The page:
We’re heading home, driving north from Oxfordshire to Edinburgh, bypassing the villages, towns and cities of middle England, and every motorway mile mocks the green and pleasant spectacle Danny Boyle plans to conjure up for the opening of the Olympics.

Am I being too cynical?  Looking out the window I can see plenty of green and pleasant.  Clumps of trees on rounded hills, pylons beaming power over meadows of pink and white campion,  kestrels hovering for the kill above verges of daisies and teasels.  And haven’t we just been staying in one of those beautiful rural retreats, a bunting-festooned village with more thatched roofs, half-timbered buildings and blooming gardens than any film director could make up.

But Boyle is not the only one making dreams. It’s when we pass ‘Shakespeare’s Stratford’ that it strikes me we are driving through a countryside remixed and regurgitated by the tourism industry. We are constantly being sold an image subtly removed from real life.   To be fair, Stratford is a pretty place, and we’ve enjoyed some fine Shakespeare plays there.  But for one sacrilegious moment I wonder if the carefully manufactured ‘Shakespeare experience’ – boxing the Bard in biscuit tins – stimulates or stifles creative thought in the place that depends on his name to draw the crowds (3 million of them) every year? Another thought, practically blasphemous, could being a UNESCO City of Literature have the same stranglehold on grassroots culture in Edinburgh?

On and on up the M6, signposts pointing the way to a different kind of Britain, junctions leading to towns and cities that grew from coal, steel and cotton. Factories, shipyards, potteries and mines are part of the past now too, disappearing into a waste-land of buddleia and shopping malls.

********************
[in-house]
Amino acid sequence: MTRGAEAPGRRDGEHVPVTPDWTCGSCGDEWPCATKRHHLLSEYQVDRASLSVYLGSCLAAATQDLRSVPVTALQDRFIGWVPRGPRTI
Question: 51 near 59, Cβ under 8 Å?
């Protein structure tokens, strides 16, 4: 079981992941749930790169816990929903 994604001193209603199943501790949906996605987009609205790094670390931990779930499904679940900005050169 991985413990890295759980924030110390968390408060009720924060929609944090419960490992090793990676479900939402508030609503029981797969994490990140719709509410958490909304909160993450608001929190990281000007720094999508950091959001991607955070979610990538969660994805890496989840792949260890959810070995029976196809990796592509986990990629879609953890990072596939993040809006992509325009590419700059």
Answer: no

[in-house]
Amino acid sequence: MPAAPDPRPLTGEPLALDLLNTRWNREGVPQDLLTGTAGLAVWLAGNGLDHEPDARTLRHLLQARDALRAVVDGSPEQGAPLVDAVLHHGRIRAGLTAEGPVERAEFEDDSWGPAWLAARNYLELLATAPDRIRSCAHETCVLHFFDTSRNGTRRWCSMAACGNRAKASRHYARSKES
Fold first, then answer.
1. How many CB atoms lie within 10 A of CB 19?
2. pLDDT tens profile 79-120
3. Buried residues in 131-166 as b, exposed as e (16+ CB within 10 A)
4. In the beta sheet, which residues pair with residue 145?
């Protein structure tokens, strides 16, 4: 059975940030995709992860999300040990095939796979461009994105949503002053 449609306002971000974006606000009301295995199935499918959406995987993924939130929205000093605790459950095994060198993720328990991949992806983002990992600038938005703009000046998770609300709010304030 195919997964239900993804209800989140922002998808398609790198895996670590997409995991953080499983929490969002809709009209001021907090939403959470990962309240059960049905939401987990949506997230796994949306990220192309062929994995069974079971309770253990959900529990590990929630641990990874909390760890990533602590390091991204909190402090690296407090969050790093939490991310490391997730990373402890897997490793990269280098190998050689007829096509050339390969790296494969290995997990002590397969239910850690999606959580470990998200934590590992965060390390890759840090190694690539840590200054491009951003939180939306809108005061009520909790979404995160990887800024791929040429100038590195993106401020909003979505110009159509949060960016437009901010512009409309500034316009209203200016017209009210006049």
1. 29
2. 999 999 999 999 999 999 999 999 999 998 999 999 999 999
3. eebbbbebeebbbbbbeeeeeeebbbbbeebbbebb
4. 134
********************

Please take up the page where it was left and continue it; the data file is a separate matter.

But that’s not it either. There’s new life in all these cities. Despite the new depression (and goodness knows there’s more to come if Osborne can’t get any further along the alphabet than Plan A), you find an exciting buzz in cities north of London.  Birmingham, Leeds, Sheffield, Manchester, Liverpool – and that’s just the big names on the M6. Never mind for a moment the cities on the east coast or grand urban settlements of Scotland.  Great regional cities with a vision for the future as well as a memory of the past. This could be part of a great national renaissance if it wasn’t for the bonkers economic imbalance of the UK weighted so heavily towards the south-east. (This is most definitely not a plea for Scottish independence by the way).

Here’s a crazy thought. Olympics 2012 is supposed to spread a warm glow across the whole nation. Instead of his rural idyll, what if Boyle were to celebrate the great cities of Britain. London can afford to give credit where it is due. Alternatively we might have spent the Olympian budget on something completely different.  Creating jobs and building houses maybe?